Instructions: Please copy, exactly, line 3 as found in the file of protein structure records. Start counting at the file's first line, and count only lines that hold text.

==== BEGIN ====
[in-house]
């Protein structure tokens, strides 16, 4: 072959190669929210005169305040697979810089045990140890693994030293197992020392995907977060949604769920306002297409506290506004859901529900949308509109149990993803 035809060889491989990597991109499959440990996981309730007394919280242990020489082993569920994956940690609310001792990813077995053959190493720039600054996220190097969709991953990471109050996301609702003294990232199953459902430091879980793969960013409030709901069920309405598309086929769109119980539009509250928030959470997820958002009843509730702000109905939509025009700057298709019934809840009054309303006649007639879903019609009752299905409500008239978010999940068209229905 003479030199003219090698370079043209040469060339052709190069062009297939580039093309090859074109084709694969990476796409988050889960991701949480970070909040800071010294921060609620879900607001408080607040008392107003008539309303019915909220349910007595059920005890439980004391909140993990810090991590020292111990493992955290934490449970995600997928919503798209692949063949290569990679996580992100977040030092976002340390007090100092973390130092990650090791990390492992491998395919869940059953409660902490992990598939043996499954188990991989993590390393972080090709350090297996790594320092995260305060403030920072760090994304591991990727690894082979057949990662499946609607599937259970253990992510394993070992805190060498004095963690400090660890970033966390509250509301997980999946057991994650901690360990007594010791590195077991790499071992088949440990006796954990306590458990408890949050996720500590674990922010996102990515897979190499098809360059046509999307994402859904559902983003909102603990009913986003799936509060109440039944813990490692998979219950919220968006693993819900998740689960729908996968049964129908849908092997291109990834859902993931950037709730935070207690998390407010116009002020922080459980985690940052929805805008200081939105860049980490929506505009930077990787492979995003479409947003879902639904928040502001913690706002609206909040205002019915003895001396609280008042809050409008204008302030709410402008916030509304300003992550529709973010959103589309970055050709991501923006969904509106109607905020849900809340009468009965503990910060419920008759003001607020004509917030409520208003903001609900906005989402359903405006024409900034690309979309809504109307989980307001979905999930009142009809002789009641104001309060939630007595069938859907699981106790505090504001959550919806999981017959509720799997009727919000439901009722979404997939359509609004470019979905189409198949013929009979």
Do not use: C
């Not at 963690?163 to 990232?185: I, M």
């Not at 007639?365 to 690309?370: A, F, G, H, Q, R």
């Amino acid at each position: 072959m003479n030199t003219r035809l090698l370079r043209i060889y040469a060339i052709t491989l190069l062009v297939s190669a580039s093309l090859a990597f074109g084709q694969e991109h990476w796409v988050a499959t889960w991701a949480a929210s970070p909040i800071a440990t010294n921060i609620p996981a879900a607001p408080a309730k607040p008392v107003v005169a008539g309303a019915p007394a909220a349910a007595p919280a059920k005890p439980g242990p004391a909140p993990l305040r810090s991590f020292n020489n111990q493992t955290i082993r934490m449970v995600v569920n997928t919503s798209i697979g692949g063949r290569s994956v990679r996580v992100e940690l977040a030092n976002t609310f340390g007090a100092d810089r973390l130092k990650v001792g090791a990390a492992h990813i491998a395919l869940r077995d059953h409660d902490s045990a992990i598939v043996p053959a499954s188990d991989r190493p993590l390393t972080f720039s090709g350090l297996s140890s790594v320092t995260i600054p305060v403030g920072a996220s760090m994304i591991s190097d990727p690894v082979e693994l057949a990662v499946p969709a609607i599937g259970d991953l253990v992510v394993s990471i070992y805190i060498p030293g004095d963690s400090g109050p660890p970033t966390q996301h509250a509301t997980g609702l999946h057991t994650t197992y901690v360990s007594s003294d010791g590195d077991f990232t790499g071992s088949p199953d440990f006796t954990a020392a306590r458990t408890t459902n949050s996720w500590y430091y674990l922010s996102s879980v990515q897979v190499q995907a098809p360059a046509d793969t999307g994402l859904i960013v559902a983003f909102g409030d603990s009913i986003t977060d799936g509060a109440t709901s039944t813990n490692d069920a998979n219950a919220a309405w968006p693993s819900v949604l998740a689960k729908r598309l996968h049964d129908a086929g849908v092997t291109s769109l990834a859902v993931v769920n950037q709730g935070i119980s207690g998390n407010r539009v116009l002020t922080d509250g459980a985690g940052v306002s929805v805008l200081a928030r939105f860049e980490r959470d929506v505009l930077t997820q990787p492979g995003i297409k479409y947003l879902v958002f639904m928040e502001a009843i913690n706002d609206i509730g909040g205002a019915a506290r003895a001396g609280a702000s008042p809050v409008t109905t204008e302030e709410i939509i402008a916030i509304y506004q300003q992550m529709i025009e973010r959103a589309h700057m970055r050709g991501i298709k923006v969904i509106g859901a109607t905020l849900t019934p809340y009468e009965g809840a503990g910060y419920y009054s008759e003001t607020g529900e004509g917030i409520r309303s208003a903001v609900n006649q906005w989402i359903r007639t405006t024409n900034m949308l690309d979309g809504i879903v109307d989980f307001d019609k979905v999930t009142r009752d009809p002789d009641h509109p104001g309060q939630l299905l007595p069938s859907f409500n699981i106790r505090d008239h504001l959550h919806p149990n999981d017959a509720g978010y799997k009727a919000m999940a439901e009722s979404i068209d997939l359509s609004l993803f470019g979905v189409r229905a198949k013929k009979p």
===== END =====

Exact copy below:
Do not use: C